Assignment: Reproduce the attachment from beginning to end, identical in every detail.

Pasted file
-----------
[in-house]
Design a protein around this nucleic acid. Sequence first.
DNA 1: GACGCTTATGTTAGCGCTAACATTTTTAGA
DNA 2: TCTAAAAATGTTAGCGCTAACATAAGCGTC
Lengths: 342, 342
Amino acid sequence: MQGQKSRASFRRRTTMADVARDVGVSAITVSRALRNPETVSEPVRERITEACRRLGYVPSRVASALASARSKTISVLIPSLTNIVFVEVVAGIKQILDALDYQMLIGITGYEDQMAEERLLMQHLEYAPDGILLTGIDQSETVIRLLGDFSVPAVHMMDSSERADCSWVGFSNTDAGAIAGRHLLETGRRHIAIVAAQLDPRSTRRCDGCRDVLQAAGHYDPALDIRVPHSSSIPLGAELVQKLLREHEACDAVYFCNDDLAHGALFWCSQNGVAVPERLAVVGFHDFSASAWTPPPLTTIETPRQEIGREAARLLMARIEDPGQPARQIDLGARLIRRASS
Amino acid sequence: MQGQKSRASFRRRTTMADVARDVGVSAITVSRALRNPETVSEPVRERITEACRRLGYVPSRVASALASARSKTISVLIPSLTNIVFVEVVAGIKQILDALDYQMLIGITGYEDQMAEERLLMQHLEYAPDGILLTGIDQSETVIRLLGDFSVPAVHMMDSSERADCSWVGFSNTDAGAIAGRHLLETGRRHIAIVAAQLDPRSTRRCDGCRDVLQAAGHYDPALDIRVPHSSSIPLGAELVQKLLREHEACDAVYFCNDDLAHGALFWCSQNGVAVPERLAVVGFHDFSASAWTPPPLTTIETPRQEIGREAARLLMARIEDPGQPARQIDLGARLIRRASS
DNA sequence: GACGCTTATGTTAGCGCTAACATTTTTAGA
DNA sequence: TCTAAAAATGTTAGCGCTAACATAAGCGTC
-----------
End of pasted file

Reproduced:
[in-house]
Design a protein around this nucleic acid. Sequence first.
DNA 1: GACGCTTATGTTAGCGCTAACATTTTTAGA
DNA 2: TCTAAAAATGTTAGCGCTAACATAAGCGTC
Lengths: 342, 342
Amino acid sequence: MQGQKSRASFRRRTTMADVARDVGVSAITVSRALRNPETVSEPVRERITEACRRLGYVPSRVASALASARSKTISVLIPSLTNIVFVEVVAGIKQILDALDYQMLIGITGYEDQMAEERLLMQHLEYAPDGILLTGIDQSETVIRLLGDFSVPAVHMMDSSERADCSWVGFSNTDAGAIAGRHLLETGRRHIAIVAAQLDPRSTRRCDGCRDVLQAAGHYDPALDIRVPHSSSIPLGAELVQKLLREHEACDAVYFCNDDLAHGALFWCSQNGVAVPERLAVVGFHDFSASAWTPPPLTTIETPRQEIGREAARLLMARIEDPGQPARQIDLGARLIRRASS
Amino acid sequence: MQGQKSRASFRRRTTMADVARDVGVSAITVSRALRNPETVSEPVRERITEACRRLGYVPSRVASALASARSKTISVLIPSLTNIVFVEVVAGIKQILDALDYQMLIGITGYEDQMAEERLLMQHLEYAPDGILLTGIDQSETVIRLLGDFSVPAVHMMDSSERADCSWVGFSNTDAGAIAGRHLLETGRRHIAIVAAQLDPRSTRRCDGCRDVLQAAGHYDPALDIRVPHSSSIPLGAELVQKLLREHEACDAVYFCNDDLAHGALFWCSQNGVAVPERLAVVGFHDFSASAWTPPPLTTIETPRQEIGREAARLLMARIEDPGQPARQIDLGARLIRRASS
DNA sequence: GACGCTTATGTTAGCGCTAACATTTTTAGA
DNA sequence: TCTAAAAATGTTAGCGCTAACATAAGCGTC